Spine Professionals Talk Back Pain at 92nd Street Y

Oct. 13, 2017

92StYIf you have lower back pain, you’re not alone. One-quarter of Americans report that at least once during the past three months they’ve had lower back pain that lasted all day. Lower back pain is actually the fifth most common reason for all doctor visits in the United States.

Yet the cause for a “simple backache” can’t always be found on X-rays or MRIs. In fact, only 15 percent of back pain patients have an underlying structural cause that would be found on such a scan. That means a whopping 85 percent of patients may have multiple issues affecting their spine.

But whether you’re in the 15 percent or the 85 percent, there is good news.

Researchers, physical therapists and surgeons continue to improve treatments suitable for the many causes of lower back pain. On a recent evening at the 92nd Street Y, Spine Hospital physical therapist Evan Johnson, D.P.T., and neurosurgeon Dr. Christopher Mandigo gave an excellent summary of the common and uncommon causes and the treatments for this widespread problem.

First, Dr. Johnson explained why there are so many causes of back pain. The spine is made of many complex systems—bones, discs, nerves, ligaments, muscles—all interconnected in complicated ways. A problem with one of these systems can cause pain directly, and it can also have troublesome effects on other parts of the spine.

The spine is also interconnected with the rest of the body. That’s why pain in the lower back can sometimes be caused by an underlying problem in a nearby area, like the hips. The mind also has a powerful effect on the entire body.

Fear of movement, for example, can lead to reduced use and muscle atrophy, which in turn can lead to more pain and therefore more fear and more atrophy—a vicious cycle.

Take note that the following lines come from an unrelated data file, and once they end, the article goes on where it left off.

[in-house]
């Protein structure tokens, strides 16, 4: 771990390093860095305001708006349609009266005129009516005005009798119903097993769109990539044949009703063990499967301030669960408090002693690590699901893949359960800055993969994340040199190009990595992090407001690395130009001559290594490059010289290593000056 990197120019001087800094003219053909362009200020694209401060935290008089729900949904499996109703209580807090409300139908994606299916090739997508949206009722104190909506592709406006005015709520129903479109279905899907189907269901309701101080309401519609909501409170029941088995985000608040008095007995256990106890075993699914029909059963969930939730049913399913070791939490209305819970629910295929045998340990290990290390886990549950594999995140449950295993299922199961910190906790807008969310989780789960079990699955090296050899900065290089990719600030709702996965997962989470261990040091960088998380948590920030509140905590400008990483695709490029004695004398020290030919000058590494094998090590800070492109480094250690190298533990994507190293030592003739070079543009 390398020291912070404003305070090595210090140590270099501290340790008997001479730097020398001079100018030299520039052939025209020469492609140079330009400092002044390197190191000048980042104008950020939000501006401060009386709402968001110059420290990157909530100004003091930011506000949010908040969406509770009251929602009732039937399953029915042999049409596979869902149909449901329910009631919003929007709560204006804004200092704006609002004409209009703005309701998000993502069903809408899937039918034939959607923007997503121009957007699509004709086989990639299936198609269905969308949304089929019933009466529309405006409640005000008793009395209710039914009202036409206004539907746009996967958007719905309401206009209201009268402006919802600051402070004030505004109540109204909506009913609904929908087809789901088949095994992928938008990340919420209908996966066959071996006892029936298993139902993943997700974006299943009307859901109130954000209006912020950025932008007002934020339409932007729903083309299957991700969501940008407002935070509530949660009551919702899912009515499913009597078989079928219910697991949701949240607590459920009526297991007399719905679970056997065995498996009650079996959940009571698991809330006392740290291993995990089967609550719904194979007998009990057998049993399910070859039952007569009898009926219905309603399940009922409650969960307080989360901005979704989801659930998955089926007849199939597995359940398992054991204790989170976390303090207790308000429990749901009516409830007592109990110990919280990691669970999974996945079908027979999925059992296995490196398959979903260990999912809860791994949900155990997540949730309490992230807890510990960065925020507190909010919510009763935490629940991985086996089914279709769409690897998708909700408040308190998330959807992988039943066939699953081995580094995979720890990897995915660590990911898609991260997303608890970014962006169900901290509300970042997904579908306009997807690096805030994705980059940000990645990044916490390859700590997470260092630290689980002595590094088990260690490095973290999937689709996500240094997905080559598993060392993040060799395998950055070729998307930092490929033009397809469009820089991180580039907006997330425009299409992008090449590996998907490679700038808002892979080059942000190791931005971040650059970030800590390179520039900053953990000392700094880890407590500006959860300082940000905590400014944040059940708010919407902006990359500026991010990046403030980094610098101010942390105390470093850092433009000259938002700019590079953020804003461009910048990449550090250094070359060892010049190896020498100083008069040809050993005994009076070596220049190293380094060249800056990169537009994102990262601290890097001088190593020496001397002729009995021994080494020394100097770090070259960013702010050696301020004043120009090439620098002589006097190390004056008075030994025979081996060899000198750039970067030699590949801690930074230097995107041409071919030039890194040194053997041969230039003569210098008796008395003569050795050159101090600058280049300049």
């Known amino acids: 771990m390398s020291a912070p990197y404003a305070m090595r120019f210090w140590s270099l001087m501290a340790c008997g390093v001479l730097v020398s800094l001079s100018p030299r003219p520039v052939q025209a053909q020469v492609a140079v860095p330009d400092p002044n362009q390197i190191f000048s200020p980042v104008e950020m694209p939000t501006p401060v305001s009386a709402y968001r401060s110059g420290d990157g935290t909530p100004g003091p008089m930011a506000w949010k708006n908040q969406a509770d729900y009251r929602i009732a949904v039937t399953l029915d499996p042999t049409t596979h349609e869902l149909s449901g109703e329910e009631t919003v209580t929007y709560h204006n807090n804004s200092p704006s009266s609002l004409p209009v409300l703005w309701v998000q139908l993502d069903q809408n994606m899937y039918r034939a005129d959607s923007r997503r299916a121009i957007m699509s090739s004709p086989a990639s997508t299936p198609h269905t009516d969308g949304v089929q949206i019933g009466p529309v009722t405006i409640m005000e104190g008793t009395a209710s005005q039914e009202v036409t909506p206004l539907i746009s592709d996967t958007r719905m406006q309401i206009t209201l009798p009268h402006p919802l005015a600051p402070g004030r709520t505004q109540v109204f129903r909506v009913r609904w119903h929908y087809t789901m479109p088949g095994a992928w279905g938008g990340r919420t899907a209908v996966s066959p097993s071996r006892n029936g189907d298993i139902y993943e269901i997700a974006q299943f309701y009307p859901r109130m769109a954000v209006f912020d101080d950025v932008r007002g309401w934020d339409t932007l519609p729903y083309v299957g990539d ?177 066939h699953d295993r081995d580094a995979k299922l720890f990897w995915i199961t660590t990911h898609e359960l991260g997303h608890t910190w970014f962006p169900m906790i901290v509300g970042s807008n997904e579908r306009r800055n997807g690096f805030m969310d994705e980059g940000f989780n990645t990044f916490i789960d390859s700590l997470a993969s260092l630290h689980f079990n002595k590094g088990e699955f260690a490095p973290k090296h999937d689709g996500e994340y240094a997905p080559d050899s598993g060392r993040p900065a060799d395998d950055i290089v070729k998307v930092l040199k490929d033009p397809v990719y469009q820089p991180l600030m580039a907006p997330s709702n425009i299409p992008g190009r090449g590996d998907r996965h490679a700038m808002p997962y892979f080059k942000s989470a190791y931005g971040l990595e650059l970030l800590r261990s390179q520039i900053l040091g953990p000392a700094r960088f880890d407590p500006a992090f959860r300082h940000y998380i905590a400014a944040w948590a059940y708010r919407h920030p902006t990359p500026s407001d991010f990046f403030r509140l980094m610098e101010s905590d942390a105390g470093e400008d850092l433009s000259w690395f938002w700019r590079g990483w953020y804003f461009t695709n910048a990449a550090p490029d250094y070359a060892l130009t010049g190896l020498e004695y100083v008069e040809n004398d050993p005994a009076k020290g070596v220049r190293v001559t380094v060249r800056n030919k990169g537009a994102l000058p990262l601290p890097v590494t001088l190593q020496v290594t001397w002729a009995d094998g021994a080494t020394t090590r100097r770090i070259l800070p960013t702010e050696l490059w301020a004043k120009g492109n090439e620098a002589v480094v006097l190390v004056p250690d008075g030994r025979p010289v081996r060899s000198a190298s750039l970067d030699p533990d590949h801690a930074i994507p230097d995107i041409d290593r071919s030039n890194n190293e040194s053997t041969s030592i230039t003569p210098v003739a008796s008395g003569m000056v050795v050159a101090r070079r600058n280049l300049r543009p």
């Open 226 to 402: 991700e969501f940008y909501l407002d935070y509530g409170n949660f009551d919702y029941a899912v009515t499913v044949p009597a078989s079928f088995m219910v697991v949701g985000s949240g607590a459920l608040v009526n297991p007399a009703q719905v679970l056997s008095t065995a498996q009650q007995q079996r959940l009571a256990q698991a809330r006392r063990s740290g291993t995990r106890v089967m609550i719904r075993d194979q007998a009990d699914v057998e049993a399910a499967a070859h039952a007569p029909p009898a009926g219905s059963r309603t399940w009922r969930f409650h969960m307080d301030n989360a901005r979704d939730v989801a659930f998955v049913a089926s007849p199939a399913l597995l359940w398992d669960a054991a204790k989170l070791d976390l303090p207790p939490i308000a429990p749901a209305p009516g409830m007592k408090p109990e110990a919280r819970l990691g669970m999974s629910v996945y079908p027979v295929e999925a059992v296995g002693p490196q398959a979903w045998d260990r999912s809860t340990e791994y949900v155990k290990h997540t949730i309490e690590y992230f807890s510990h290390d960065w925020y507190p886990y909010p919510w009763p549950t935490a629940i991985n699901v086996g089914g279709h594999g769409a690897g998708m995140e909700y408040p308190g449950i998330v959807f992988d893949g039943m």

But research is demonstrating the effectiveness of various ways to break the cycle (or even better, prevent it altogether). For example, exercise is now considered the best first-line treatment for back pain that doesn’t have an obvious underlying cause on MRI or X-ray.

Videos available for free on the Spine Hospital website demonstrate specific exercises that can improve or prevent many cases of back pain.*

The exercises can strengthen targeted muscles, making it easier for patients to attain proper posture and use proper body mechanics when lifting. These small changes have big effects over time, reducing wear-and-tear on all the spine’s complex systems.

Dr. Johnson also stresses the importance of proper ergonomics at computer workstations and strategic rest breaks from screen time—taking 30- to 60-second “micro-breaks” every 15 minutes, and standing up to move around or exercise every 60 minutes.

The majority of low back pain cases will improve on their own or require no more than conservative measures like medication and physical therapy. Unfortunately, some cases of back pain may require surgery. At the 92nd Street Y, Dr. Mandigo described some of the red flags that indicate a patient may need to consult with a neurosurgeon.

These red flags include back pain accompanied by bowel or bladder dysfunction; back pain that includes weakness, numbness or pins-and-needles in the legs; back pain accompanied by a fever; back pain accompanied by unexplained weight loss and intractable pain that does not respond to conservative care.

Dr. Mandigo explained that several of the problems that can cause these symptoms can today be treated with new minimally invasive surgeries that use a very small incision—two inches or less.

Surgeons use specialized instruments to see inside the body and perform surgery without needing to expose the entire surgical site to the naked eye. Compared with traditional surgeries, minimally invasive surgeries often are shorter, cause less discomfort and allow for quicker recovery times.

Dr. Mandigo and Dr. Johnson’s talk was well attended and prompted some good questions from the audience. Whether they seek out treatment or not, audience members certainly left with the knowledge that today there are more options than ever when life gets to be a pain in the back.

*The videos are not intended to make or address a specific diagnosis; it is always best to speak to a doctor or physical therapist about your particular case.

Learn more about physical therapist Dr. Johnson on his bio page here.
Learn more about neurosurgeon Dr. Mandigo on his bio page here.
Learn more about the many causes of low back pain on our condition page here.

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